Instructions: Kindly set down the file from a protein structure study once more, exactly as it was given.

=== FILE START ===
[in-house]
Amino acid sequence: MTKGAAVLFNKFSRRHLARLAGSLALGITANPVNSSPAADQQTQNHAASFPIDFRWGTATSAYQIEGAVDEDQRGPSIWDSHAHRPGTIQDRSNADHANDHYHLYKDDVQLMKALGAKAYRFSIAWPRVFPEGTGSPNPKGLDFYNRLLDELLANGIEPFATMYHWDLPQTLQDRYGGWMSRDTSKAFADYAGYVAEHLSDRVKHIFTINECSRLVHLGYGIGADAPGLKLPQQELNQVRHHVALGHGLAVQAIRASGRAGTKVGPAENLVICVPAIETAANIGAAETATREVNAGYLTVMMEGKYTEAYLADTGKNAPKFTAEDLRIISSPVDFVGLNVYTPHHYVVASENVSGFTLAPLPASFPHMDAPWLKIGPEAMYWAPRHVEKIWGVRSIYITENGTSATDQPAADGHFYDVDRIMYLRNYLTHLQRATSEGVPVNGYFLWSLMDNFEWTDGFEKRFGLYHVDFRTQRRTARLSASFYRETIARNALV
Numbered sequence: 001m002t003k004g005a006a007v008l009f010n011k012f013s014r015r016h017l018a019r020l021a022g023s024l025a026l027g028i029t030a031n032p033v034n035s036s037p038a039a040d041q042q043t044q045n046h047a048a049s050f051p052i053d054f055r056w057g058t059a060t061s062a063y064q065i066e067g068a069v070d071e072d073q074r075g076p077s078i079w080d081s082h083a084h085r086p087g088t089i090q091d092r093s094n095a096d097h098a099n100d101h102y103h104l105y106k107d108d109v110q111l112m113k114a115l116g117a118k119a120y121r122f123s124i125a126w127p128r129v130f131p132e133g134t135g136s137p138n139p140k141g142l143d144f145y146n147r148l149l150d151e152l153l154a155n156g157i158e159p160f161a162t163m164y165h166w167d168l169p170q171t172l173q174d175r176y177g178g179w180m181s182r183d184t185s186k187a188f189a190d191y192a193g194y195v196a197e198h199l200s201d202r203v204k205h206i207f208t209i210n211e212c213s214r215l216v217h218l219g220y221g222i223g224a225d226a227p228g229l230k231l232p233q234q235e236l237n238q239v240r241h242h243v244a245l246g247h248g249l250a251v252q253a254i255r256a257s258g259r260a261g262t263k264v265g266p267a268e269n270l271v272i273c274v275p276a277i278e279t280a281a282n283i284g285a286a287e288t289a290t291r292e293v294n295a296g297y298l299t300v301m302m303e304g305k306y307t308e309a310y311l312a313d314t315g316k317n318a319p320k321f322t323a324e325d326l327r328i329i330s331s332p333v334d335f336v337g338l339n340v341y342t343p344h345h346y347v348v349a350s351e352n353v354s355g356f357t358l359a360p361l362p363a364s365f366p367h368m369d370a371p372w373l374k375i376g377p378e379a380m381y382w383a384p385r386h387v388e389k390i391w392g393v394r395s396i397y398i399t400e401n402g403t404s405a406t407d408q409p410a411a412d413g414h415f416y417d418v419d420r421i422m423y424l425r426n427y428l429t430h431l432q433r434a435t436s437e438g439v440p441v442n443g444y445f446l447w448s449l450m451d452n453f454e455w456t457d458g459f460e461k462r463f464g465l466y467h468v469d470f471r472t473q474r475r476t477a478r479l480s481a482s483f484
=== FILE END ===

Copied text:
[in-house]
Amino acid sequence: MTKGAAVLFNKFSRRHLARLAGSLALGITANPVNSSPAADQQTQNHAASFPIDFRWGTATSAYQIEGAVDEDQRGPSIWDSHAHRPGTIQDRSNADHANDHYHLYKDDVQLMKALGAKAYRFSIAWPRVFPEGTGSPNPKGLDFYNRLLDELLANGIEPFATMYHWDLPQTLQDRYGGWMSRDTSKAFADYAGYVAEHLSDRVKHIFTINECSRLVHLGYGIGADAPGLKLPQQELNQVRHHVALGHGLAVQAIRASGRAGTKVGPAENLVICVPAIETAANIGAAETATREVNAGYLTVMMEGKYTEAYLADTGKNAPKFTAEDLRIISSPVDFVGLNVYTPHHYVVASENVSGFTLAPLPASFPHMDAPWLKIGPEAMYWAPRHVEKIWGVRSIYITENGTSATDQPAADGHFYDVDRIMYLRNYLTHLQRATSEGVPVNGYFLWSLMDNFEWTDGFEKRFGLYHVDFRTQRRTARLSASFYRETIARNALV
Numbered sequence: 001m002t003k004g005a006a007v008l009f010n011k012f013s014r015r016h017l018a019r020l021a022g023s024l025a026l027g028i029t030a031n032p033v034n035s036s037p038a039a040d041q042q043t044q045n046h047a048a049s050f051p052i053d054f055r056w057g058t059a060t061s062a063y064q065i066e067g068a069v070d071e072d073q074r075g076p077s078i079w080d081s082h083a084h085r086p087g088t089i090q091d092r093s094n095a096d097h098a099n100d101h102y103h104l105y106k107d108d109v110q111l112m113k114a115l116g117a118k119a120y121r122f123s124i125a126w127p128r129v130f131p132e133g134t135g136s137p138n139p140k141g142l143d144f145y146n147r148l149l150d151e152l153l154a155n156g157i158e159p160f161a162t163m164y165h166w167d168l169p170q171t172l173q174d175r176y177g178g179w180m181s182r183d184t185s186k187a188f189a190d191y192a193g194y195v196a197e198h199l200s201d202r203v204k205h206i207f208t209i210n211e212c213s214r215l216v217h218l219g220y221g222i223g224a225d226a227p228g229l230k231l232p233q234q235e236l237n238q239v240r241h242h243v244a245l246g247h248g249l250a251v252q253a254i255r256a257s258g259r260a261g262t263k264v265g266p267a268e269n270l271v272i273c274v275p276a277i278e279t280a281a282n283i284g285a286a287e288t289a290t291r292e293v294n295a296g297y298l299t300v301m302m303e304g305k306y307t308e309a310y311l312a313d314t315g316k317n318a319p320k321f322t323a324e325d326l327r328i329i330s331s332p333v334d335f336v337g338l339n340v341y342t343p344h345h346y347v348v349a350s351e352n353v354s355g356f357t358l359a360p361l362p363a364s365f366p367h368m369d370a371p372w373l374k375i376g377p378e379a380m381y382w383a384p385r386h387v388e389k390i391w392g393v394r395s396i397y398i399t400e401n402g403t404s405a406t407d408q409p410a411a412d413g414h415f416y417d418v419d420r421i422m423y424l425r426n427y428l429t430h431l432q433r434a435t436s437e438g439v440p441v442n443g444y445f446l447w448s449l450m451d452n453f454e455w456t457d458g459f460e461k462r463f464g465l466y467h468v469d470f471r472t473q474r475r476t477a478r479l480s481a482s483f484